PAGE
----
There’s never been a better time for airlines to remove the hated middle seat on planes, says one Wall Street analyst

Air travelers grab carry-on luggage behind rows of empty seats aboard a Delta flight, as coronavirus disruption continues across the global industry, from New York's JFK International Airport to San Francisco, California, U.S., March 17, 2020.
Air travelers grab carry-on luggage behind rows of empty seats aboard a Delta flight, as coronavirus disruption continues across the global industry, from New York’s JFK International Airport to San Francisco, California, U.S., March 17, 2020.

REUTERS/Shannon Stapleton

  • Airlines have drastically slashed flights as travelers heed government warnings to stay home to slow the spread of coronavirus.

  • To entice them back when it’s deemed safe for non-essential air travel to resume, one analyst suggested carriers leave middle seats empty in a modest attempt at social distancing.

  • The US government in March passed a $2 trillion economic relief package, with more than $29 billion in grants for embattled air carriers.

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On airplanes, it’s hard enough to keep from bumping knees with the person in the next seat — let alone follow the Centers for Disease Control’s guidelines for social distancing during the coronavirus pandemic, which are to stay at least six feet away from others.

But to maintain more distance in the usually cramped modern coach cabins, one Wall Street analyst has an idea most passengers would likely be in full support of: removing the middle seats.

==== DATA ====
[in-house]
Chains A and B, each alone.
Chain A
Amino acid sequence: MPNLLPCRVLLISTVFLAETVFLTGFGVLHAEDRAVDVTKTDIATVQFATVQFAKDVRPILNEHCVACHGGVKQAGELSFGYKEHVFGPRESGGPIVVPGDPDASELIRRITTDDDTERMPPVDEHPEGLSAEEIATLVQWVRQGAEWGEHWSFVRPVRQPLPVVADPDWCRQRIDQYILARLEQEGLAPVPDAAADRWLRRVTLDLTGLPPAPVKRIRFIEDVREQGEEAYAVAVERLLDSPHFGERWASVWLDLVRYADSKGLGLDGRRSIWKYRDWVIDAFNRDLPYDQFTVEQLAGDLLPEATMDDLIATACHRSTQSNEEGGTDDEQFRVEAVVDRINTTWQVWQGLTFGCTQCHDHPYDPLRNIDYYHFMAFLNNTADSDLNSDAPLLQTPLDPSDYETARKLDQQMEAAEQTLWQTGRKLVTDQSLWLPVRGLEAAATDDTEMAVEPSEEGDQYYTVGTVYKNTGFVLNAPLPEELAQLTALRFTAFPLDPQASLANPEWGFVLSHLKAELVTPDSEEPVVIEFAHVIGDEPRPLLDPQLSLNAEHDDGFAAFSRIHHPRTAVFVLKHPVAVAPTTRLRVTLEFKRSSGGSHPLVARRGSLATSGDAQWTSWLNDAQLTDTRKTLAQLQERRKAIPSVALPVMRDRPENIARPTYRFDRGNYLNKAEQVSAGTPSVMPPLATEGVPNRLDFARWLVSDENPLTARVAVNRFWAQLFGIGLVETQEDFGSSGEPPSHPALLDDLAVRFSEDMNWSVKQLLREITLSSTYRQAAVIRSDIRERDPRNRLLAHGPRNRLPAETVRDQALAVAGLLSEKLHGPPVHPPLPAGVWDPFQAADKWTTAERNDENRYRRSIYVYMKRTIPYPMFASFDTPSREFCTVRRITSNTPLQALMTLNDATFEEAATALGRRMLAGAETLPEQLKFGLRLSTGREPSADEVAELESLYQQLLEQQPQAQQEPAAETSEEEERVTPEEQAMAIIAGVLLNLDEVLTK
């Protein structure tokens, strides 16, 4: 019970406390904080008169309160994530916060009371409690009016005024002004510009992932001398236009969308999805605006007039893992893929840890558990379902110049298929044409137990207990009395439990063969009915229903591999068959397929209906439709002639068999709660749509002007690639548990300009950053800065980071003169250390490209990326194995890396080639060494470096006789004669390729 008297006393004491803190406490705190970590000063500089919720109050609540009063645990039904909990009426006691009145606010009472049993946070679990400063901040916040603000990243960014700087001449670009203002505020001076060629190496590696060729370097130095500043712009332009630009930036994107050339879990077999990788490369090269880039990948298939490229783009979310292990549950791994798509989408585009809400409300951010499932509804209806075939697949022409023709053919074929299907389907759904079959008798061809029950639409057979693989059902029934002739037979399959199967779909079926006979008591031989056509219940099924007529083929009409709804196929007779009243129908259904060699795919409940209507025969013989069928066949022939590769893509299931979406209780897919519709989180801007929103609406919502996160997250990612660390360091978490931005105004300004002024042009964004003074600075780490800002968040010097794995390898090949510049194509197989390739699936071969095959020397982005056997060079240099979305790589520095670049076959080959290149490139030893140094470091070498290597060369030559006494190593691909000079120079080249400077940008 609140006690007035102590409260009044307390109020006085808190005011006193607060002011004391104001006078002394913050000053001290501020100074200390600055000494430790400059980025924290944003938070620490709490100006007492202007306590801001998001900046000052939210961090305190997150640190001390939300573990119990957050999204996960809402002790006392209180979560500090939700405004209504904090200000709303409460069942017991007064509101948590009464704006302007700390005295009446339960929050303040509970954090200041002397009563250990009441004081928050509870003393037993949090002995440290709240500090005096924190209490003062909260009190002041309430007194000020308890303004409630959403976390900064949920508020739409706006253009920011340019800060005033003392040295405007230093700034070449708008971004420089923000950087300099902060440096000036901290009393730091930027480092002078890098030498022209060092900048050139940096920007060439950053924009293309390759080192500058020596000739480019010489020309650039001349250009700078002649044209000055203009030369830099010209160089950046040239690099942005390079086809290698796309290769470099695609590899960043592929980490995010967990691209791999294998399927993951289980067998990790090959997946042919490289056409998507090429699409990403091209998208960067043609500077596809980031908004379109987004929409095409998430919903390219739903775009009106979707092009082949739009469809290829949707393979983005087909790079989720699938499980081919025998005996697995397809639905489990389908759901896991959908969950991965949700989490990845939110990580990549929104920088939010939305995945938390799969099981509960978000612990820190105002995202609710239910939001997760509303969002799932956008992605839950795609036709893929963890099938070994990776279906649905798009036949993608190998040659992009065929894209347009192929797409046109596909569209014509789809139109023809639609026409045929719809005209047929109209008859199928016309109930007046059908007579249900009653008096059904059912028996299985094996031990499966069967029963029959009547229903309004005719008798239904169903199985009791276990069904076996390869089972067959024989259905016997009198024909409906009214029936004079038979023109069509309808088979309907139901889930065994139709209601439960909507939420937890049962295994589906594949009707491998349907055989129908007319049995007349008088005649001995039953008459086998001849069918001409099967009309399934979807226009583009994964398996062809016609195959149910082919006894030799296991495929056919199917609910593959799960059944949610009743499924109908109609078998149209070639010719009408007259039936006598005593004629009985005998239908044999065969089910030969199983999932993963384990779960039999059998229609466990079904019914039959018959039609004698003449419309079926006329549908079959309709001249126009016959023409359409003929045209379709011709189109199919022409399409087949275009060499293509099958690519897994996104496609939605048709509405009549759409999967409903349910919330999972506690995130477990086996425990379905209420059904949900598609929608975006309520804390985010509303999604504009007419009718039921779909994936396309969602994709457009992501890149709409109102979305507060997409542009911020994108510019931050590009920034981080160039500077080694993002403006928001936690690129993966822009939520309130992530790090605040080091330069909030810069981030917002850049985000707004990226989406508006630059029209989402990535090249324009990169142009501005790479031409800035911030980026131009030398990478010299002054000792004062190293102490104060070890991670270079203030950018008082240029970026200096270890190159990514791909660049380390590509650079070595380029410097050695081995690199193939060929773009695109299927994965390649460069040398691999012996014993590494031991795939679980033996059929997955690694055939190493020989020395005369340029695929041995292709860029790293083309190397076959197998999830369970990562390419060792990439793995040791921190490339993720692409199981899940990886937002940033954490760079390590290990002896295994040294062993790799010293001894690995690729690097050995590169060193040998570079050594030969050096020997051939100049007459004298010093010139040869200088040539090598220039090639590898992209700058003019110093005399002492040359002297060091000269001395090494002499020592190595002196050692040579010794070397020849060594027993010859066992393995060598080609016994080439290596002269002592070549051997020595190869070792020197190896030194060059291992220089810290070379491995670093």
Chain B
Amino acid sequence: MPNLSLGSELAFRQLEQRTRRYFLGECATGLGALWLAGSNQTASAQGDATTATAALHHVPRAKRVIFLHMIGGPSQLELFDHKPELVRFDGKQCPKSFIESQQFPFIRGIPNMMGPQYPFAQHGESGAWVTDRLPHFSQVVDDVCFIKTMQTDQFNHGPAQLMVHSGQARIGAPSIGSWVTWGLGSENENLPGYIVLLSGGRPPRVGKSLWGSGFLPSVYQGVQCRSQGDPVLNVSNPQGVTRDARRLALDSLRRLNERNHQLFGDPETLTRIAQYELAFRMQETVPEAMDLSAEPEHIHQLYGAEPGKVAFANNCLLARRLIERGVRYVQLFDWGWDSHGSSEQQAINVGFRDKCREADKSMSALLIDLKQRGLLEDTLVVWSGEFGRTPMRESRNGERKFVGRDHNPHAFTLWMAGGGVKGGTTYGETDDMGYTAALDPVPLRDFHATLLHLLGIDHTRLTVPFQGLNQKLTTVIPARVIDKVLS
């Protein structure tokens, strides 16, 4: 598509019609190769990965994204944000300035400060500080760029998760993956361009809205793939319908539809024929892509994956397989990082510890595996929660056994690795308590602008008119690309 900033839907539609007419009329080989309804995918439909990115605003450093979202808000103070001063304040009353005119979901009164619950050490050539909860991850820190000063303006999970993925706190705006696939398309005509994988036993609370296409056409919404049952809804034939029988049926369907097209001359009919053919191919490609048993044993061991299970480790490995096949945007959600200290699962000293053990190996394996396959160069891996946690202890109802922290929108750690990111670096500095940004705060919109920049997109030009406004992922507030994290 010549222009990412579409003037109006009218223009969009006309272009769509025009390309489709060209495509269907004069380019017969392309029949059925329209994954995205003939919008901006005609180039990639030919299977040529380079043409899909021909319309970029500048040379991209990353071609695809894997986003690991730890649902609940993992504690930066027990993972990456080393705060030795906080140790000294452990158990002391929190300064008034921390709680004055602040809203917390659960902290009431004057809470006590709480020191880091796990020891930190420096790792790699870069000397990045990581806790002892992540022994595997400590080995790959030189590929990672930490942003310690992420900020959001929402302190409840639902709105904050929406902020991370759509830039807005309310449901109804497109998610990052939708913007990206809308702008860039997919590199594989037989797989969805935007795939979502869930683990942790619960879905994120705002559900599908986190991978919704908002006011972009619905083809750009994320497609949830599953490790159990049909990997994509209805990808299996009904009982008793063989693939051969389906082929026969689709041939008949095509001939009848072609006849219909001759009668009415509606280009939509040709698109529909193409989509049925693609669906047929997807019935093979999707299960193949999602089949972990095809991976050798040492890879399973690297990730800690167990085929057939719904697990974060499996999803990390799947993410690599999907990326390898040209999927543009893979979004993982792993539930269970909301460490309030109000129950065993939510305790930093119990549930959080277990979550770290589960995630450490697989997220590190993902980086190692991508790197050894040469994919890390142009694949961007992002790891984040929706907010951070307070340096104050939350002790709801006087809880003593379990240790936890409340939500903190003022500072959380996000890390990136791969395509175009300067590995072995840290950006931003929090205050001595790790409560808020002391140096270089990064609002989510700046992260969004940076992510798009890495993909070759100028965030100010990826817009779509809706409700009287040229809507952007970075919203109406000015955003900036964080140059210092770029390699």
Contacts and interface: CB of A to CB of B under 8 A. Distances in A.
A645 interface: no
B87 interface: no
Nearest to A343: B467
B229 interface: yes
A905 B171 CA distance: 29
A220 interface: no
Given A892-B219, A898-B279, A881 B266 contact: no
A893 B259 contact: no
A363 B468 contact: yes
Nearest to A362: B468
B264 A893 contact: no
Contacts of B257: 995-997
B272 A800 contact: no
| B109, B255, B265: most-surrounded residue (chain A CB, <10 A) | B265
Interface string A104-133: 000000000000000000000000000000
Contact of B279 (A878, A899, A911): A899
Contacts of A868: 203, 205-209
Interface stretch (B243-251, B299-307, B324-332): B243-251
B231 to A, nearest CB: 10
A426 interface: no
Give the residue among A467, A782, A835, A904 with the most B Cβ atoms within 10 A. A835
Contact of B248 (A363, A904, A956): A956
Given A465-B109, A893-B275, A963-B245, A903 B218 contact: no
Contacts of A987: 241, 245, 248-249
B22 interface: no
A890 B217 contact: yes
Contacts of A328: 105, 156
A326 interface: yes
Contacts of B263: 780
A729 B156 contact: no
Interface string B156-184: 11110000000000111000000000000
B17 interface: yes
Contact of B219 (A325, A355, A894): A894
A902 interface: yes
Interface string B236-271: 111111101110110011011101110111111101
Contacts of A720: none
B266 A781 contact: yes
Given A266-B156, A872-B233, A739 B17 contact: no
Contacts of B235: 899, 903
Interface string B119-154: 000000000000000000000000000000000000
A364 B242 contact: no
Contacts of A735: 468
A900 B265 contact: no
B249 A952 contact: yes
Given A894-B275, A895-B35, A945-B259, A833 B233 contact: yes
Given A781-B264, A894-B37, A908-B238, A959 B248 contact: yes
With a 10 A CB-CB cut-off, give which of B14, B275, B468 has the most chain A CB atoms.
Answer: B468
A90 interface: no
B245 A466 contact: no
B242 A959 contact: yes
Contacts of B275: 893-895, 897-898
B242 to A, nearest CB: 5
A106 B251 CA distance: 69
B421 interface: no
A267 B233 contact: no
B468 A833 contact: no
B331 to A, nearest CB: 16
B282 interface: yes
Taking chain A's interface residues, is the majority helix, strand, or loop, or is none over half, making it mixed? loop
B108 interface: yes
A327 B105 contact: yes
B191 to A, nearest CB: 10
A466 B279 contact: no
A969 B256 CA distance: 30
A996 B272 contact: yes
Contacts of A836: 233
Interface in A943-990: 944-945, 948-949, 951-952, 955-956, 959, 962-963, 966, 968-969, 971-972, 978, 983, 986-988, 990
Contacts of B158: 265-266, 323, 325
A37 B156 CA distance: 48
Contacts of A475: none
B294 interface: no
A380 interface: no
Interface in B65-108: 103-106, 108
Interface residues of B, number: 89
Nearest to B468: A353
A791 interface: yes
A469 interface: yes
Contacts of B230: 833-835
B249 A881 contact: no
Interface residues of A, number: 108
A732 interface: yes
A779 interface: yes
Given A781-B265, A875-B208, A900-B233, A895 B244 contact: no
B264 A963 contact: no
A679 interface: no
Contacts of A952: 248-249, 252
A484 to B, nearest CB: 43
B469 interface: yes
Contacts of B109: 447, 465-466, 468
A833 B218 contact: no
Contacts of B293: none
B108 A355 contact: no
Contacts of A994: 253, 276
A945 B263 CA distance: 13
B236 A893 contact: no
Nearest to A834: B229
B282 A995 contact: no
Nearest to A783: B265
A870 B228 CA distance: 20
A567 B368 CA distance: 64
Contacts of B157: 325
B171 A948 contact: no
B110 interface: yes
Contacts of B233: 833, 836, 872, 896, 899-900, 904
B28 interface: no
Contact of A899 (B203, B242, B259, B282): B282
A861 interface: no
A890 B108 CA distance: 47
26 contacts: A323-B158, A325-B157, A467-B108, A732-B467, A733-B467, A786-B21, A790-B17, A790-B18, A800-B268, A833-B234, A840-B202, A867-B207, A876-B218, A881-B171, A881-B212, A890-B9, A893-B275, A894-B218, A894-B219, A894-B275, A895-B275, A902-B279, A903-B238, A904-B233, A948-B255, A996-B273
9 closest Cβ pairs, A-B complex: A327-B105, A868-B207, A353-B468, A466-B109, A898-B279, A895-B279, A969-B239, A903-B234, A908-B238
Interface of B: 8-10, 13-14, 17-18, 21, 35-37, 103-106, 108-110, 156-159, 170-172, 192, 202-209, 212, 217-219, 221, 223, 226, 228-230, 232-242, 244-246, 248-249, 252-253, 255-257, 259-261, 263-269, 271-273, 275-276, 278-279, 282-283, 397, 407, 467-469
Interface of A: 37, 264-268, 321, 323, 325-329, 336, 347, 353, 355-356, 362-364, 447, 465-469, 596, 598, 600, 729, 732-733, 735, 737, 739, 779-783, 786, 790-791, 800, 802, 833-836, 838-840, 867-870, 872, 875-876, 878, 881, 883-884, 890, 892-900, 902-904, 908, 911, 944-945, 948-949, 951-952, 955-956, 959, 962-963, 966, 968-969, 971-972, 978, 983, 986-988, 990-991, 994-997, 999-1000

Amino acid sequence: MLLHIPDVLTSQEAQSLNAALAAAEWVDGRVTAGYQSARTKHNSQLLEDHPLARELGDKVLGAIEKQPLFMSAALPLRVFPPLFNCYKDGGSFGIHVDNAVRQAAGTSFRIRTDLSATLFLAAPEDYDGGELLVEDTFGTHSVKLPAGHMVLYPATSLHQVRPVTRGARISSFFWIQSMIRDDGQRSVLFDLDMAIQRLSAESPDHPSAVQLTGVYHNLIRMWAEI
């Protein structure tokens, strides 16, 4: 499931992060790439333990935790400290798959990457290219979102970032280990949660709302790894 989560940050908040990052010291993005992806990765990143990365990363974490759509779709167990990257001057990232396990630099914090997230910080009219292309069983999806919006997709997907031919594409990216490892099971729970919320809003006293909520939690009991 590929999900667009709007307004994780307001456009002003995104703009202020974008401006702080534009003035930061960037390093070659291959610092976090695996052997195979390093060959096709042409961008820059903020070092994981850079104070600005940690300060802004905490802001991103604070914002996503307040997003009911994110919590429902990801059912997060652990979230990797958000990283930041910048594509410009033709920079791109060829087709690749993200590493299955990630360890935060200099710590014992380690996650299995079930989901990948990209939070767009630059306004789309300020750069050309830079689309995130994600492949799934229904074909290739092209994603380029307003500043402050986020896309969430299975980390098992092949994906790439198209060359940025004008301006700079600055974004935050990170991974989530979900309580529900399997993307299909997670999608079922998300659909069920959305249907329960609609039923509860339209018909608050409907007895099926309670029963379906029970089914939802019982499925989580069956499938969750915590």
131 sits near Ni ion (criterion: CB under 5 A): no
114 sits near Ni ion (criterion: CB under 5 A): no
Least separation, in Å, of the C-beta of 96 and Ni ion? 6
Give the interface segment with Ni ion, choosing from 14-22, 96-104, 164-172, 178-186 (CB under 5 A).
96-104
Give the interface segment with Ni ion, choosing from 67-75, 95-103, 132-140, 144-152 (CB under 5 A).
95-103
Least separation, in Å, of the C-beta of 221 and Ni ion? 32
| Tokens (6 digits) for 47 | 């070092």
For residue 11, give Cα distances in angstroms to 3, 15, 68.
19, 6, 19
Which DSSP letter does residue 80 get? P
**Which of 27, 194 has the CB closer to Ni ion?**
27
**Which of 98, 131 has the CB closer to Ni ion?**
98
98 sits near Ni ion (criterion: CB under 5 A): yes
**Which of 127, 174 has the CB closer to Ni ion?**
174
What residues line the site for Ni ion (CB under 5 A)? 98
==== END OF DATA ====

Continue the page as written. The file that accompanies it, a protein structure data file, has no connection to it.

“We could possibly have an onboard experience where, on a six-seat row in economy class on a plane, they’re required to keep the middle seat empty for some modest social distancing,” Stephen Trent, an analyst at Citigroup, told CNBC on in March.

It wouldn’t be the CDC’s recommended six feet of space, but it’s a start. Rubbing elbows in economy, after all, is the opposite of social distancing, and the extra precautions could help airlines bolster decimated routes that have seen industry capacity slashed in recent weeks amid the spread of the coronavirus — which has, as of this publishing, infected more than 205,000 people worldwide and killed more than 8,200.

In the US, there have been more than 206,000 confirmed cases of coronavirus as of April 1, according to Johns Hopkins University. 

Airlines, meanwhile, have seen their market values plunge. An exchange-traded fund that tracks aviation stocks is down more than 50% since January 1, as demand for air travel takes a hit similar to the one after 9/11. That’s even with $29 billion in federal bailouts headed to embattled carriers.

“One should not expect to capacity to just snap back to where it was in January,” Trent said. “That’s not going to happen.

“The other thing that’s probably unlikely to happen is all routes being available. If this is widespread, it will take a while to recover. If is this isolated and there are couple of hot zones where there is no flying, that would mean the non hot zones have limited capacity.”

“It’s going to take months to get back to normal,” Trent said.

Wall Street analysts have a history of coming up with novel ideas for carriers. Assigned seats on Southwest, for example, are one way they’ve suggested the airline could add ancillary revenue. That has happened yet. And even if Trent’s middle-seat recommendation doesn’t get a lot of traction, it’s a nice future to think about.

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